‘Last Fable Day’? Asian Americans looking for a first one, as “Fresh Off the Boat” Snubbed for Emmy Awards

Randall Park has had such a big year as the star of “The Interview” and as the comedic anchor of “Fresh Off the Boat.” He even won a V3con award from the Asian American Journalists Association in Los Angeles this year for representing.

But if he wants a shot at an Emmy, he’d better talk to Easter Xua.

There’s no success perm for Randall this year. But Xua may consider finally getting one. Until then, Randall will have to go straight.

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As far as my eyes can tell, as I gleaned the list, Xua has to be the most honored Asian American among the nominees for the 2015 Primetime Emmy Awards.

He may even be the most nominated Asian American ever.

How many Asian Americans have won seven Emmys and been nominated 36 times?


But you have to go practically to the bottom of the long list of categories and nominees to find his name.

Xua is a camera operator, Cinematographers Union Local 600, and he’s nominated for no fewer than three Emmys this year.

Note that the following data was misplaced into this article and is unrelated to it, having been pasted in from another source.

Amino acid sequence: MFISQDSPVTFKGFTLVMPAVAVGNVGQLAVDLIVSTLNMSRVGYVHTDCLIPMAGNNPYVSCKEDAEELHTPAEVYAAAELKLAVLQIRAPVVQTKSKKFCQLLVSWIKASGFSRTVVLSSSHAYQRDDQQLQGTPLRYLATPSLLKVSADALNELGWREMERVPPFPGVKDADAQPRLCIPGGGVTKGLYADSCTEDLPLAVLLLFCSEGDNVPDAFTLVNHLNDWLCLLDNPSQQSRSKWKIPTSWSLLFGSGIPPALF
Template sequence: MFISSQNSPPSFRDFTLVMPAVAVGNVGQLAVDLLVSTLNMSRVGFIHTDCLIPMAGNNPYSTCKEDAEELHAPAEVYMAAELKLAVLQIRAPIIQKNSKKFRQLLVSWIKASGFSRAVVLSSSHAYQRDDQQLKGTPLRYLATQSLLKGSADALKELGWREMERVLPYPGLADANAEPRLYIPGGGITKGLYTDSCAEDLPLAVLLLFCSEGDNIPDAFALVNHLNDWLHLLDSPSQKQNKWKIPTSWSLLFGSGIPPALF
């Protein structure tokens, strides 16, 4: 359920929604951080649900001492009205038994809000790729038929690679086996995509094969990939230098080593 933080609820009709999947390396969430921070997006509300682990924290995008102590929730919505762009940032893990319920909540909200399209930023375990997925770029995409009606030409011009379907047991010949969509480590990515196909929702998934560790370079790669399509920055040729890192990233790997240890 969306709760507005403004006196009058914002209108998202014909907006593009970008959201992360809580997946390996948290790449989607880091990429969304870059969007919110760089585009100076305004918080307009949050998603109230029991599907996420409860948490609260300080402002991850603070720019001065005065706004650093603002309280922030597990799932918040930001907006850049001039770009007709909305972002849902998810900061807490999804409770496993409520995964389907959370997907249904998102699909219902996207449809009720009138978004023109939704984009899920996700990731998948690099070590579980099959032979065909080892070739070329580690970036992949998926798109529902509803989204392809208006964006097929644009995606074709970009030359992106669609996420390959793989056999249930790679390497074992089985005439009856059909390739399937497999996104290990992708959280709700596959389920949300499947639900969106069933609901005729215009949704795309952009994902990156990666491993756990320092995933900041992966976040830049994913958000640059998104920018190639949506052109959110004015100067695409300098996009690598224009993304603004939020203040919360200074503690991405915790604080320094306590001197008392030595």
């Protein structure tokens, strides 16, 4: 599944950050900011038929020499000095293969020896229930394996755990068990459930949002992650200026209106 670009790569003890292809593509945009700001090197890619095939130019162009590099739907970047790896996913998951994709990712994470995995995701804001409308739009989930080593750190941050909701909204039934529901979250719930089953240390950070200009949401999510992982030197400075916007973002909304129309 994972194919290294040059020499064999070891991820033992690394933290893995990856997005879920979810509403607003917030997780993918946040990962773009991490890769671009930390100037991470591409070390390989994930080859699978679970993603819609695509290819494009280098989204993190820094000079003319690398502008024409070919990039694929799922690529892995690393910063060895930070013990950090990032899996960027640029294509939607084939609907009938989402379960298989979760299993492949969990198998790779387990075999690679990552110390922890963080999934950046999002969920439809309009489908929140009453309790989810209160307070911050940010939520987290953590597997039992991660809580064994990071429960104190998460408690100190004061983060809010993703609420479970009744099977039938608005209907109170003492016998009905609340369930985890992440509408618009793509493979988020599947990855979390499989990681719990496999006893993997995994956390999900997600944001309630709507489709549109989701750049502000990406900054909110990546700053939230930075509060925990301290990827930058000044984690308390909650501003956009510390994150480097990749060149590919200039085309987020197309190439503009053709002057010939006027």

It’s not greed. He’s just talented and in demand.

The first of this year’s nominations is for Outstanding Technical Direction, Camerawork, Video Control For A Series. Xua is nominated for “Dancing with the Stars,” episode 2009 (I believe it’s the semi-finals).

Xua was on camera to catch every last dip and spin.

It’s a tough category though. He’s up against Fred Shimizu, a two-time winner and 11-time nominee, who runs a camera on the “Late Show with David Letterman.” (Show 4214 got nominated, which, of course, was so much better than Show 4213).

And then there’s Terrance Ho, video control for “The Voice” Episode 718B. It takes some doing to synchronize all those spinning coach seats to get every last white tooth on camera.

For Ho, it’s two nominations this year, eight overall in his career, and he’s still looking for his first win.

And just to prove what an incestuous community Hollywood is, Ho is nominated for video control for the Oscars in the Outstanding Technical Direction, Camerawork, Video Control for a Limited Series, Movie Or A Special. And that show also includes Xua on camera (his second nomination for the year).

Xua adds a third nomination for camerawork for the “Kennedy Center Honors” in the same category.